Smartphones that can be used as credit cards, virtual medical check-ups and remote home monitoring using a personal device are some of the exciting technologies expected to take off in 2013. Telstra has outlined the top ten tech trends that are expected to gather a foothold in consumer, business and enterprise markets in the coming 12 months.
1. Big news of the year: the mobile wallet takes off
It’s been promised for a long time, but by next year many devices on the market will incorporate near field communication
(NFC) which allows radio communication to be established by touching the devices together or bringing them into close proximity. This will allow customers to take advantage of some retailers’ plans to roll out contactless terminals which will turn mobile phones with NFC capability into virtual credit cards. NFC has been a slow burn but it will likely become entrenched next year and we plan to be a big part of that.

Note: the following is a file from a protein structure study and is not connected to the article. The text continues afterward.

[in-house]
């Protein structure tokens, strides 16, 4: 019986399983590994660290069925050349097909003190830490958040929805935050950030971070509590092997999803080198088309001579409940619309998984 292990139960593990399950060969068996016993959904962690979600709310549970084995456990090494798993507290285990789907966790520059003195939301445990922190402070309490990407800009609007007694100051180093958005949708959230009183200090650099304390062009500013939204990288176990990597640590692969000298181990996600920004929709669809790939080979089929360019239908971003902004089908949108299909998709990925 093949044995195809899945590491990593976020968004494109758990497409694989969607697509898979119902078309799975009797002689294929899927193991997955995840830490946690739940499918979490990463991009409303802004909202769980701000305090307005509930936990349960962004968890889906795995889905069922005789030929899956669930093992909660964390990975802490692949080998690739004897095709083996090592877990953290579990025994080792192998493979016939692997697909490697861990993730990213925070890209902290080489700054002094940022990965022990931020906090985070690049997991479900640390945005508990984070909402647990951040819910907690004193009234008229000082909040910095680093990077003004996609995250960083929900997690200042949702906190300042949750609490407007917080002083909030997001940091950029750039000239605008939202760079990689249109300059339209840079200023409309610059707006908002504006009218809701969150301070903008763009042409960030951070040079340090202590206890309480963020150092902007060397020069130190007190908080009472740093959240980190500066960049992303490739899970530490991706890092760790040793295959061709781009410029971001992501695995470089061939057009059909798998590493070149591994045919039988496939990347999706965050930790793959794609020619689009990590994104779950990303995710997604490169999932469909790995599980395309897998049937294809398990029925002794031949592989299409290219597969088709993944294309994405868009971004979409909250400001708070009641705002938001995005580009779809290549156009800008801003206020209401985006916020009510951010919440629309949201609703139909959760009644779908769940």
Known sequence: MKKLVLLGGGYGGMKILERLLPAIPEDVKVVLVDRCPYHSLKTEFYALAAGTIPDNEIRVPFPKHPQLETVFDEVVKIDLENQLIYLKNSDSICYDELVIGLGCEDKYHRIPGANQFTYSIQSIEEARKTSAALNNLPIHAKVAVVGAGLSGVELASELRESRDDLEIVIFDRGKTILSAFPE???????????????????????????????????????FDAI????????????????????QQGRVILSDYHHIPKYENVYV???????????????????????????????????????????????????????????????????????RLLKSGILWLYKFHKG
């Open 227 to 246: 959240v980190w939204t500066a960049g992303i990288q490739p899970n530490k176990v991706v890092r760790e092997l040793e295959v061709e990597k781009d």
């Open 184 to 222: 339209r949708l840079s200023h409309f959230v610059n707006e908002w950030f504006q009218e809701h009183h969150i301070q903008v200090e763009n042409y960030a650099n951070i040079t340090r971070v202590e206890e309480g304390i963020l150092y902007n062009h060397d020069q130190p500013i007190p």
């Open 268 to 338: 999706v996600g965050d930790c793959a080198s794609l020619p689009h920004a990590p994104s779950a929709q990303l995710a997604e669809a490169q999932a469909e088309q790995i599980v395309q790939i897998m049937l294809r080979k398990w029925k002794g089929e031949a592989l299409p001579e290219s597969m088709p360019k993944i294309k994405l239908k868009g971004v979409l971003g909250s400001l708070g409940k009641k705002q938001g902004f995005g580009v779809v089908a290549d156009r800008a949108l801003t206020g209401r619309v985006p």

2. Old news of the year: Cloud computing continues to accelerate
While momentum has been building for some time, 2012 was the year when many users embraced the cloud and began thinking about how to best use the service. The explosive growth of consumer devices, such as tablet PCs and smartphones, along with platforms such as Microsoft Windows 8, will probably drive even more users to embrace the cloud.
Next year it is likely the adoption of cloud computing
will accelerate and continue accelerating for the next decade.
3. Hype of the year: Big data
While the term ‘Big Data
’ is relatively new, the technology and processes associated with it have existed for many years. The volume and types of data generated over the last few years have grown exponentially as technology evolves.
Big Data opens the door to a new approach to engaging customers and making decisions based on insights gained from data analytics. For example, building personalized marketing profiles based on individuals’ digital footprints will allow companies to better construct and target offers to customers.
Big Data capabilities are now easily accessible, but people with the deep analytical skills required to drive value from Big Data are in short supply. Companies that master Big Data over the next few years will have a distinct commercial advantage.